Rice v. Houston , 80 U.S. 66 ( 1871 )

McPherson v. Cox , 96 U.S. 404 ( 1878 )

Ketchum v. St. Louis , 101 U.S. 306 ( 1880 )

Wilkins v. Ellett , 108 U.S. 256 ( 1883 )

Central Railroad & Banking Co. of Ga. v. Pettus , 113 U.S. 116 ( 1885 )

Louisville, E. & St. LR Co. v. Wilson , 138 U.S. 501 ( 1891 )

Johnson v. Powers , 139 U.S. 156 ( 1891 )

Byers v. McAuley , 149 U.S. 608 ( 1893 )

Fourth Street Bank of Philadelphia v. Yardley , 165 U.S. 634 ( 1897 )

View All Authorities »

Cited By (66)

Waterman v. Canal-Louisiana Bank & Trust Co. , 215 U.S. 33 ( 1909 )

Troxell v. Delaware, L. & WR Co. , 227 U.S. 434 ( 1913 )

Barnes v. Alexander , 232 U.S. 117 ( 1914 )

Brown v. Fletcher , 235 U.S. 589 ( 1915 )

United States v. Butterworth Judson Corp. , 267 U.S. 387 ( 1925 )

Chicago, RI & PR Co. v. Schendel , 270 U.S. 611 ( 1926 )

Equitable Trust Co. of NY v. First Nat. Bank of Trinidad , 275 U.S. 359 ( 1928 )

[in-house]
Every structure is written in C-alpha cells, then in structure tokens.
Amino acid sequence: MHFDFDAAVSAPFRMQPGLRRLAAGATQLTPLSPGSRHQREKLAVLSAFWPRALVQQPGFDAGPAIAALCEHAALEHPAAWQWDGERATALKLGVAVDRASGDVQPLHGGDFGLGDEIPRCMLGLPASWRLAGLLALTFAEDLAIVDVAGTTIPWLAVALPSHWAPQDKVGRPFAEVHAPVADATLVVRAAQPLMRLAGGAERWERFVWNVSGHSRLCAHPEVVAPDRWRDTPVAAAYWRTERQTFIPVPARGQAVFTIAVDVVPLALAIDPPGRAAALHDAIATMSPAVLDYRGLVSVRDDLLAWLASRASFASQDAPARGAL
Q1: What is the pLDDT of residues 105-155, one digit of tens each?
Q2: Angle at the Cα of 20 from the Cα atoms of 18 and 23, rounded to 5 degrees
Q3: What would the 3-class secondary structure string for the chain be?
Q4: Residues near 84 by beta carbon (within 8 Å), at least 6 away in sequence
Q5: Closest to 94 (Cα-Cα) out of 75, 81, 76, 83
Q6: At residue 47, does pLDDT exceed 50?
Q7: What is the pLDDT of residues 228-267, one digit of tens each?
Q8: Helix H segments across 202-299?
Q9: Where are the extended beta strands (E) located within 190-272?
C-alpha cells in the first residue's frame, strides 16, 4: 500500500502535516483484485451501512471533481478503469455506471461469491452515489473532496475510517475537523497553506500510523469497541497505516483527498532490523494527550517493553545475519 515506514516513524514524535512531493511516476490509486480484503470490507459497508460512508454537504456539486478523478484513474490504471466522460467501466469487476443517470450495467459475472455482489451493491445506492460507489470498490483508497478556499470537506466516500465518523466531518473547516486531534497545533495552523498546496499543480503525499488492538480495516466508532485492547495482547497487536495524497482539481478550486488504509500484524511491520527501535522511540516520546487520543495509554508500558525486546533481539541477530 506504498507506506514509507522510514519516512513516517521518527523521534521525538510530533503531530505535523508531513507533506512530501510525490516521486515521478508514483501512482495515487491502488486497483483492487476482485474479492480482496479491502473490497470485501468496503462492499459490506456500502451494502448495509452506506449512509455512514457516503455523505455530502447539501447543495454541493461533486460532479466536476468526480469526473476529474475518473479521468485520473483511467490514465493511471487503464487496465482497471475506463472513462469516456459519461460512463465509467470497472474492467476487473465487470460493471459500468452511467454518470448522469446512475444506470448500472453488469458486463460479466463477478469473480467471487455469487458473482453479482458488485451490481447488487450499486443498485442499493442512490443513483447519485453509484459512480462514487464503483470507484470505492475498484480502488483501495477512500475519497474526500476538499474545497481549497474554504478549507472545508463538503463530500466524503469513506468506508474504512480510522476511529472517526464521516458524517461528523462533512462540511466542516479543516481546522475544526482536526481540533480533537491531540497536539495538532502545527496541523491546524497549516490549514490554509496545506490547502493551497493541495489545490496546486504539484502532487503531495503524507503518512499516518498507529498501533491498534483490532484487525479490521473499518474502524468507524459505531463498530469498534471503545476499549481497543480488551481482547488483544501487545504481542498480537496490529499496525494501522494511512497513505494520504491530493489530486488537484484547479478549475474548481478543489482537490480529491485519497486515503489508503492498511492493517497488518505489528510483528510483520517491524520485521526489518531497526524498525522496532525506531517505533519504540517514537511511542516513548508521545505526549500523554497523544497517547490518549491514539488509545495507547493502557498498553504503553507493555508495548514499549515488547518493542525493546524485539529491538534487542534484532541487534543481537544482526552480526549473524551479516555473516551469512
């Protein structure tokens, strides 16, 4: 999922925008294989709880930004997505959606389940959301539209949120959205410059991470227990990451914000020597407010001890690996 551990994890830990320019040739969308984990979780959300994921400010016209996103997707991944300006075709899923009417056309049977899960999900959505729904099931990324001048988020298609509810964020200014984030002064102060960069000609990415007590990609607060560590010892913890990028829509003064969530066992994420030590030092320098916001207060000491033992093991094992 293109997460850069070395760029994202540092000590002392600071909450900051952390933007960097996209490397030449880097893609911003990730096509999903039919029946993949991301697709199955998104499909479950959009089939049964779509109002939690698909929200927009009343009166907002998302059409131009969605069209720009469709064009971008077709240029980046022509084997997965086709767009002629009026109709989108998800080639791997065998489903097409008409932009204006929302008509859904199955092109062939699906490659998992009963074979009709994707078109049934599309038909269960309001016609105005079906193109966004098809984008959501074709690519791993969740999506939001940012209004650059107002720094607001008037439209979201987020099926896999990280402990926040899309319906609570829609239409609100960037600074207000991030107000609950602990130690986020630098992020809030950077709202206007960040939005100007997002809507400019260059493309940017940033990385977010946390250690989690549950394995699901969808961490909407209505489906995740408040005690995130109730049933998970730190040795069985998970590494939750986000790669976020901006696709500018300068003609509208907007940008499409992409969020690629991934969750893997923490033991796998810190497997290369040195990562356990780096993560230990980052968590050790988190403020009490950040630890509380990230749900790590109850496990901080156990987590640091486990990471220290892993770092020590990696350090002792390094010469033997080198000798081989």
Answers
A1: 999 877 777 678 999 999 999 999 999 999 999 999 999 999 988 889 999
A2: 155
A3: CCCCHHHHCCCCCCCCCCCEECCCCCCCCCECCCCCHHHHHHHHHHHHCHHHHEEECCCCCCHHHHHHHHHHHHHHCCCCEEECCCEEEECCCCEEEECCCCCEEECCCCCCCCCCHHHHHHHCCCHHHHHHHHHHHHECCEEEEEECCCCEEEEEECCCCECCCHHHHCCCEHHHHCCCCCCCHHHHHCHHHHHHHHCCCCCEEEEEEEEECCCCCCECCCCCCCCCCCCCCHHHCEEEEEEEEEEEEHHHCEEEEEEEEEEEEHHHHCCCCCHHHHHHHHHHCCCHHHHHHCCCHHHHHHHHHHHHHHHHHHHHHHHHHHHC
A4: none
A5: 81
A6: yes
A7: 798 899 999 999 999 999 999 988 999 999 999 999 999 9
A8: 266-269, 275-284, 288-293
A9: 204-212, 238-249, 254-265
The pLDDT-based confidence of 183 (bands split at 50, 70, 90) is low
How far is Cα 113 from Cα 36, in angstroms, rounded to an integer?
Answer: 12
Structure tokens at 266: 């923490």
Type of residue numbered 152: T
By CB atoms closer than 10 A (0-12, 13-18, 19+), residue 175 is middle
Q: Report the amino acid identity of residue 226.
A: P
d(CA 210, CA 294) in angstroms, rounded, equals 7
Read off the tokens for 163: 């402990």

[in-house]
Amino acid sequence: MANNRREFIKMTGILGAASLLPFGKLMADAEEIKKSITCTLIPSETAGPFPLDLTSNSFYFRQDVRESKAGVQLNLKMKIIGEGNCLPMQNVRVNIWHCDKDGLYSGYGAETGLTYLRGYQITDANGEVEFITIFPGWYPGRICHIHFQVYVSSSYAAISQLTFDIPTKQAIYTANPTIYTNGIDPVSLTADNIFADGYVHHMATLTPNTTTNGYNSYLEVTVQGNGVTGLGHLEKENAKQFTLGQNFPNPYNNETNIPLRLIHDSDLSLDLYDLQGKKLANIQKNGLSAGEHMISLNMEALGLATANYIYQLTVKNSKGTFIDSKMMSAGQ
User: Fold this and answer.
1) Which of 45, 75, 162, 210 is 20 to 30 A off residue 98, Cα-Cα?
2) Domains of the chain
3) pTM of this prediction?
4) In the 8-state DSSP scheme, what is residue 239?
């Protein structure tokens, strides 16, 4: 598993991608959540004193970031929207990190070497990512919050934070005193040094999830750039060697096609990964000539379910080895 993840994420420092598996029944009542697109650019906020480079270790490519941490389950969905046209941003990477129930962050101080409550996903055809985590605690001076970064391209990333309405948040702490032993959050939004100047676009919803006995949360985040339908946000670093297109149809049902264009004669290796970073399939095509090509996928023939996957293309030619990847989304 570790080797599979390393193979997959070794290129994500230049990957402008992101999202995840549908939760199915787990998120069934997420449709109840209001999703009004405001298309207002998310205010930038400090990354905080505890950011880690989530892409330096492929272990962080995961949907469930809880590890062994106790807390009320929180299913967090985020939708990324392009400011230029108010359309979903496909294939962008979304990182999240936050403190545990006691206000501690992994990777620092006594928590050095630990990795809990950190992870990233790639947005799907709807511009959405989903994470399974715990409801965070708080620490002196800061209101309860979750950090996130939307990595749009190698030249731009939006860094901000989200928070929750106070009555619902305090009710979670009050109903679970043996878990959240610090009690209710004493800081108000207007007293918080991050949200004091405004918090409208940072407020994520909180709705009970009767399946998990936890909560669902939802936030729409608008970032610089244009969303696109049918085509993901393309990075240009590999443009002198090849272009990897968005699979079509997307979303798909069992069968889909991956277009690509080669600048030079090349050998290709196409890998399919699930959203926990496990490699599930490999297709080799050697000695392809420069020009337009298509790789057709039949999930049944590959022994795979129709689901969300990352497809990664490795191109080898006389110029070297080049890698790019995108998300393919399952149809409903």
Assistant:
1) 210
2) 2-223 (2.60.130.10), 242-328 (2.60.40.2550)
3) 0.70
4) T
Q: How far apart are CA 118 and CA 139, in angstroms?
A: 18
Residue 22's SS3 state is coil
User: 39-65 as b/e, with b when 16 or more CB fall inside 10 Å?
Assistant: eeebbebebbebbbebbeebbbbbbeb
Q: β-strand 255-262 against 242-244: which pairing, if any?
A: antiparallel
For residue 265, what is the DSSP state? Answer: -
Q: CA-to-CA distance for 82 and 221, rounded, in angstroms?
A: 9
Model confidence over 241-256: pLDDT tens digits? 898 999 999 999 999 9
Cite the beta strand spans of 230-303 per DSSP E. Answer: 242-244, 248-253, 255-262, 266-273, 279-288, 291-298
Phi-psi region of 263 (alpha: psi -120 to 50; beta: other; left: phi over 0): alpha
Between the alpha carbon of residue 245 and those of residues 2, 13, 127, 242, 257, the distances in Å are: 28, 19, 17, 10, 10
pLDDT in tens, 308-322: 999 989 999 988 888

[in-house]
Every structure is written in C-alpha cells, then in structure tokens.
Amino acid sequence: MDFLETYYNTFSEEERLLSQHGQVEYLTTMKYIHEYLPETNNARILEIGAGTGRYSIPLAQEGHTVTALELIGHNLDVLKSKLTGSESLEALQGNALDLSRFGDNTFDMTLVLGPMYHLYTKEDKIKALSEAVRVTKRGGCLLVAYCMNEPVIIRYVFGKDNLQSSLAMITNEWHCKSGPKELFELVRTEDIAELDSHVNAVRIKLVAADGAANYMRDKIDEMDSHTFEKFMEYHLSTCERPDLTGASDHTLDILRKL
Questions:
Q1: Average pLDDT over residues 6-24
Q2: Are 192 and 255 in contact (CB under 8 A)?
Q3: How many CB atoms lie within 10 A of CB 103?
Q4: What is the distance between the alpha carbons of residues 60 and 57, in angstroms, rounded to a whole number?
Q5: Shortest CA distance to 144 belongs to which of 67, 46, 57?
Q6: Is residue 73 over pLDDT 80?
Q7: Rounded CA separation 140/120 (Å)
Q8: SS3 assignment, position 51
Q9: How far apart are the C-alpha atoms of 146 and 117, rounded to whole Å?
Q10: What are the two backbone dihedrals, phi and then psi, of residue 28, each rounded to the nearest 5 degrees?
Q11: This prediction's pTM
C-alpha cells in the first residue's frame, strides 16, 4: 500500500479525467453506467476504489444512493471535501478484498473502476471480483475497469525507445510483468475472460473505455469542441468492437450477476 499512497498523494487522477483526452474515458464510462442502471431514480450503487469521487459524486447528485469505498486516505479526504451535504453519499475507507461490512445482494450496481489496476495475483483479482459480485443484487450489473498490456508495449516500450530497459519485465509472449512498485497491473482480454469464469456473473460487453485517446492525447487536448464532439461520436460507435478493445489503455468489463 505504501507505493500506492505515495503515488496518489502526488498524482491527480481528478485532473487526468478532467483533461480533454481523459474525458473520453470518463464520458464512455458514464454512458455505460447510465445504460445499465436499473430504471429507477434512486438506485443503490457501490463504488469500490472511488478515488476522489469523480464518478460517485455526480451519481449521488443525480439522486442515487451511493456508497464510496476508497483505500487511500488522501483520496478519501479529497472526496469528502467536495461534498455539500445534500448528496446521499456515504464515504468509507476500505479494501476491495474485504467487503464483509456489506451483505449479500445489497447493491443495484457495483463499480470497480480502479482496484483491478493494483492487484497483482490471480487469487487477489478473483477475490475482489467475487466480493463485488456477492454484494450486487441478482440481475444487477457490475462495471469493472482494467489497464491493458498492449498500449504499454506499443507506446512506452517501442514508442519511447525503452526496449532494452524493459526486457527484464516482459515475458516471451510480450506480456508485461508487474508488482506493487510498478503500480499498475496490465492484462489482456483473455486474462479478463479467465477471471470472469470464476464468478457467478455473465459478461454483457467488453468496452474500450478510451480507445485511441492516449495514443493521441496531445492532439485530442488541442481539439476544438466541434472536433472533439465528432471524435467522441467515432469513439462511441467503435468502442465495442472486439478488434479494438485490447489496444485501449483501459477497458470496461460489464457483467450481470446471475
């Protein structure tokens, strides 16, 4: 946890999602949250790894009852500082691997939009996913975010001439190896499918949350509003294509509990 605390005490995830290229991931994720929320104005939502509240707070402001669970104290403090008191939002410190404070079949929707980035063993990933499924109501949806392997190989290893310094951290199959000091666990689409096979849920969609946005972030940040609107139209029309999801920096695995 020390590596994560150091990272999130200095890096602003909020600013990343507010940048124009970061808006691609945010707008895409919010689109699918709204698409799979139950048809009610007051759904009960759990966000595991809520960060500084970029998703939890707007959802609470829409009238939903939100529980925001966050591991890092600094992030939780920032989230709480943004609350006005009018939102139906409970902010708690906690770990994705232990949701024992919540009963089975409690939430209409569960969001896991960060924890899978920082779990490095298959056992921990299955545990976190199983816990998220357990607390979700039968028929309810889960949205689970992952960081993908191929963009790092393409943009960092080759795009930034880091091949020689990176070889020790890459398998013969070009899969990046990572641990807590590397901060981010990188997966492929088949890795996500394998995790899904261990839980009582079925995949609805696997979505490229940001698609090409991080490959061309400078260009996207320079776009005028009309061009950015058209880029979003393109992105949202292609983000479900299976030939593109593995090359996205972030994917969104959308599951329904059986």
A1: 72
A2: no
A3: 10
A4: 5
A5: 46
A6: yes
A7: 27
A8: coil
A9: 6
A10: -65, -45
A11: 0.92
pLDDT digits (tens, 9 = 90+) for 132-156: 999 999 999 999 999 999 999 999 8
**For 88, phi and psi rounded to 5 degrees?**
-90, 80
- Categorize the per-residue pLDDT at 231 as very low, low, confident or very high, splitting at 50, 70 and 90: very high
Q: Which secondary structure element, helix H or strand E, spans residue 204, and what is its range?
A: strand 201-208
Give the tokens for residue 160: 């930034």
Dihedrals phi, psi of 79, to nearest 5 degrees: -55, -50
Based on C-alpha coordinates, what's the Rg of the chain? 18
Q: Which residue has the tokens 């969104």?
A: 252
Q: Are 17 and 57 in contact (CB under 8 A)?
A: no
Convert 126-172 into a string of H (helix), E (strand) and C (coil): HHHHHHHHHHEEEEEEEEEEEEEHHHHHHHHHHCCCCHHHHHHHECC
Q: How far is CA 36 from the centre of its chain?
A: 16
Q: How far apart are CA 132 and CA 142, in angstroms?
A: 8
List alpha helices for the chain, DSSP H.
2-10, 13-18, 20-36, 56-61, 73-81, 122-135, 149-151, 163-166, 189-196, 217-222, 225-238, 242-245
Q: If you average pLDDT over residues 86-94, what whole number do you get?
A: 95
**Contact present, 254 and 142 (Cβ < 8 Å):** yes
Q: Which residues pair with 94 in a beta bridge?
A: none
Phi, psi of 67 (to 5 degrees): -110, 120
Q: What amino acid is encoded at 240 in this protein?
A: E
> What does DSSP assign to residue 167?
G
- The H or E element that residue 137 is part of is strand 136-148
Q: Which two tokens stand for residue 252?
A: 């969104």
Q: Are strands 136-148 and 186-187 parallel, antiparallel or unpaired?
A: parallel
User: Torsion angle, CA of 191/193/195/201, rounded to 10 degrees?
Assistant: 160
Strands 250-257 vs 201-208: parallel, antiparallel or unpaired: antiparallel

Fischer v. American United Life Ins. Co. , 314 U.S. 549 ( 1942 )

Morris v. Jones , 329 U.S. 545 ( 1947 )

Ralph Rogers & Company, Inc. v. Reconstruction Finance ... , 232 F.2d 930 ( 1956 )

Valley Disposal Inc., Palisades Landfill and Recycling ... , 113 F.3d 357 ( 1997 )

Oregon Mutual Ins. v. CORNELISON , 214 Or. 501 ( 1958 )

Warren Tool Co. v. Stephenson , 11 Mich. App. 274 ( 1968 )

In Re Aktiebolaget Kreuger & Toll , 20 F. Supp. 964 ( 1937 )

Virginia Shipbuilding Corporation v. United States , 22 F.2d 38 ( 1927 )

McLean v. State of Mississippi , 96 F.2d 741 ( 1938 )

Geddes v. Reeves Coal & Dock Co. , 20 F.2d 48 ( 1927 )

Jamison Coal & Coke Co. v. Goltra , 143 F.2d 889 ( 1944 )

Atwood v. Rhode Island Hospital Trust Co. , 34 F.2d 18 ( 1929 )

Wardman v. Leopold , 85 F.2d 277 ( 1936 )